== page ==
Argentina, Australia, Austria, Bahamas, Barbados, Belgium, Belize, Bolivia, Brazil, Canada, Colombia, South Korea, Chile, Costa Rica, Croatia, Cyprus, Denmark, Ecuador, El Salvador, Slovakia, Slovenia, Spain, Finland, France, Germany, Greece, Guatemala, Honduras, Hong Kong, Hungary, Ireland, Iceland, Israel, Italy, Jamaica, Japan, Latvia, Liechtenstein, Lithuania, Luxembourg, Malaysia, Malta, Mexico, Monaco, the Netherlands, Nicaragua, Norway, New Zealand, Panama, Paraguay, Peru, Poland, Portugal , Dominican Republic, Czech Republic, Romania, Russia, South Africa, Seychelles, Serbia, Sweden, Switzerland, Trinidad and Tobago, Turkey, United Kingdom, United States, Venezuela.
If you are from any other country, you should check with the local consular section of the Ministry of Foreign Affairs. If you are from India you must apply for a tourist visa, which is free of charge. However, from all accounts the border of Uruguay is relatively easy to cross.
Venezuela is located along the Caribbean Sea and the North Atlantic Ocean, bordering Columbia to the West, Guyana to the East and Brazil to the South. It is home to the majestic Angel Falls – the highest waterfall in the world.
If you are a citizen of the following countries, you will not require a visa to visit Venezuela for up to 90 days as a tourist:
Andorra, Antigua & Barbuda, Argentina, Australia, Austria, Barbados, Belgium, Belize, Brazil, Bulgaria, Canada, Chile, Costa Rica, Denmark, Dominica, Estonia, Finland, France, Germany, Greece, Grenada, Hong Kong, Iceland, Iran (max. 15 days), Ireland, Italy, Jamaica, Japan, Lithuania, Liechtenstein, Luxembourg, Malaysia, Mexico, Monaco, Netherlands, Netherlands Antilles, Nevis, New Zealand, Norway, Paraguay, Poland, Portugal, Russia, San Marino, Spain, St. Kitts, St. Lucia, St. Vincent & The Grenadines, Sweden, Switzerland, Taiwan, Trinidad & Tobago, United Kingdom, United States of America, and Uruguay.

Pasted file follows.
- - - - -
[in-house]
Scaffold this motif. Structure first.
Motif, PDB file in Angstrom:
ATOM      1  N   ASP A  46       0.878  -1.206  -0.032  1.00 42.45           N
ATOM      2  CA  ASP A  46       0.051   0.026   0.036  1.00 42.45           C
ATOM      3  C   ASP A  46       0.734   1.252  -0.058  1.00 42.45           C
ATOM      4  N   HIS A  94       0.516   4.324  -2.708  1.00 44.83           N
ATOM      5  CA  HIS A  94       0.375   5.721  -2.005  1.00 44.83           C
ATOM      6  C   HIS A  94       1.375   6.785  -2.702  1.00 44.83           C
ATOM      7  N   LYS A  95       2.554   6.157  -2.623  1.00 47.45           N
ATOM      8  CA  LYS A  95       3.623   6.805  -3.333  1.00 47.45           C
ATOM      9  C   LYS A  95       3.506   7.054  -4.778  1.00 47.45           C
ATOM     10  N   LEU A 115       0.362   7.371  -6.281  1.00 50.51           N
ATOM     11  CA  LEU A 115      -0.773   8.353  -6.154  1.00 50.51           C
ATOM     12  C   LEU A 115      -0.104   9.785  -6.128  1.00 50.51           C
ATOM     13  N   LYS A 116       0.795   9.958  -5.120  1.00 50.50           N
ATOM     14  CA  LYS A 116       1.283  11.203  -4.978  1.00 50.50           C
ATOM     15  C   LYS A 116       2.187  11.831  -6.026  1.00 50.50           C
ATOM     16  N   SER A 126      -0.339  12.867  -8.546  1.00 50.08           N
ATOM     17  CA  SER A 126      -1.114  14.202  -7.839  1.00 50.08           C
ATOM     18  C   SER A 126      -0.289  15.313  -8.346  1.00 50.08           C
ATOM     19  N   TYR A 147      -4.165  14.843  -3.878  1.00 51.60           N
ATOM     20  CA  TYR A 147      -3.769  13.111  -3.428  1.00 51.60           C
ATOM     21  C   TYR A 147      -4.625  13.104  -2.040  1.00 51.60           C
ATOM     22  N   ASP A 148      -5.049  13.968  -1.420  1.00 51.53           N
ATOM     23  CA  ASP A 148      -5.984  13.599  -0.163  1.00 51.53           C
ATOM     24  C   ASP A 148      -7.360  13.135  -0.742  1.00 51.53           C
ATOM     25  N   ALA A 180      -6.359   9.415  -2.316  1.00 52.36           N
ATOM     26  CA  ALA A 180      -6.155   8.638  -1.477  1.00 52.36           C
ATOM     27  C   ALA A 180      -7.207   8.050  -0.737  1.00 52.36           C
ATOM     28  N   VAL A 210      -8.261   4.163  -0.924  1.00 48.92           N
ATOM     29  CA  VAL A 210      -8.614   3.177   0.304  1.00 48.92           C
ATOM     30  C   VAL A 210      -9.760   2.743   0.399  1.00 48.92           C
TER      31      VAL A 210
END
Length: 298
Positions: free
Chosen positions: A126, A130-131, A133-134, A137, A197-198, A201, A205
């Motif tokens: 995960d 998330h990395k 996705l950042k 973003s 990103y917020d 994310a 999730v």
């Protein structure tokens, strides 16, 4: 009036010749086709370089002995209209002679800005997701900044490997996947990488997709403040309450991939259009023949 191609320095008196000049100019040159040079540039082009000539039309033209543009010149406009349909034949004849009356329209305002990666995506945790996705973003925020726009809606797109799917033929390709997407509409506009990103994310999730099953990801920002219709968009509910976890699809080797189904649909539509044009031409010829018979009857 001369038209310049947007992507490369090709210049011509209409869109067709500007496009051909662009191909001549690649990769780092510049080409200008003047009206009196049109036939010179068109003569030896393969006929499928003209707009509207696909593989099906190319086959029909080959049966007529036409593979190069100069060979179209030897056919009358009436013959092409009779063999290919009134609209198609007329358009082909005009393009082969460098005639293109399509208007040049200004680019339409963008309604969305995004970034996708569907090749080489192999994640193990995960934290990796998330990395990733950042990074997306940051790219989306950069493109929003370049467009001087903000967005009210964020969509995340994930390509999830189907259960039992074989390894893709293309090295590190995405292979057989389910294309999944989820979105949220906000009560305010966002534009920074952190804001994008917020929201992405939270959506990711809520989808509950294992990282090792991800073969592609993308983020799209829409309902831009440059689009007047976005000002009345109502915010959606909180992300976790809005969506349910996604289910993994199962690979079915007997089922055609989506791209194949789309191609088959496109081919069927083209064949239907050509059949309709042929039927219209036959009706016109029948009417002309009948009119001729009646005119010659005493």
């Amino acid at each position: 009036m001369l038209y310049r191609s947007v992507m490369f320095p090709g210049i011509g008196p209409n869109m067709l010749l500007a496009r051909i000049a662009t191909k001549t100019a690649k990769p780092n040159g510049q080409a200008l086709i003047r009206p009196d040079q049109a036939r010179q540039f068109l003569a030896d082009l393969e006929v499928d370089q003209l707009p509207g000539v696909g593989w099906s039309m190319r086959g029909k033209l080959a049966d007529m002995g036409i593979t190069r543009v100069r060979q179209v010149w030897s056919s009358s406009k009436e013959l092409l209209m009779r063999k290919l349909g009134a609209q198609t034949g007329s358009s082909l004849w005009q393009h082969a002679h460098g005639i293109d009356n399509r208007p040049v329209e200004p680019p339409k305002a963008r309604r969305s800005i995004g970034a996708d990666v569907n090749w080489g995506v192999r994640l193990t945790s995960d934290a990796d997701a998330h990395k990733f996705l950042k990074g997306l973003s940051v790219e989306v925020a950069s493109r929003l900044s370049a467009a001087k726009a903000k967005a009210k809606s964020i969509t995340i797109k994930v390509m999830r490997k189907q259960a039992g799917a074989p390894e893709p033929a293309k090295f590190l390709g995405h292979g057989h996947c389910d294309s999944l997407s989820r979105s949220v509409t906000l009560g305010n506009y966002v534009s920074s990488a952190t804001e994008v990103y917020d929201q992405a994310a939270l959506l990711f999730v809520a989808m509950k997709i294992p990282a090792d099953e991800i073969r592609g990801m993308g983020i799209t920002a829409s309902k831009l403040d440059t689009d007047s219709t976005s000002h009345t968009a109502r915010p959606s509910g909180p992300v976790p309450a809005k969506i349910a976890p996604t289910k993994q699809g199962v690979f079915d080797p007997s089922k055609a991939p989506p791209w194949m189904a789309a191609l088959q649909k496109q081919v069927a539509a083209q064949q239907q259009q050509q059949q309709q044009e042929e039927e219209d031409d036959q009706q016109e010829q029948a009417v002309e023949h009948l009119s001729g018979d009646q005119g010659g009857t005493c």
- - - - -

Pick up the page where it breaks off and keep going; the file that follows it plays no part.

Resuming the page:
When you arrive on a flight to Caracas, you will pass through immigration before going to baggage claim. An officer will check your passport and ask you questions – if they ask the purpose of your visit you should say “tourism”. You will then go to baggage claim and will be required to match the baggage sticker to the bar code before you hand over your tax form to customs officials.
ColOmbia. Jeez. Do your research. Columbia is a city in South Carolina.
Wow thanks for pointing that out, I suppose that’s what happens when you live in British Columbia for several years haha.
Don’t excuse yourself! You probably wrote it like you’ve seen it written over and over in Spanish-speacking countries. In my country it’s written/pronounced Columbia as well.
Your article is fantastic btw! It’s a great starter for me and my soon to be wife. We want to travel most countries in S.A. in our honeymoon.
I hate it when people critisize about the most minor detail with such hate… Don’t drop a sweat for such low, depressing excuses of human beings. Keep on traveling!
I want to ride my motorcycle from the U.S.A they Mexico and thru the entire west coast of S.A and return thru the entire east coast. Can this be done and what pitfalls do you think I will encounter.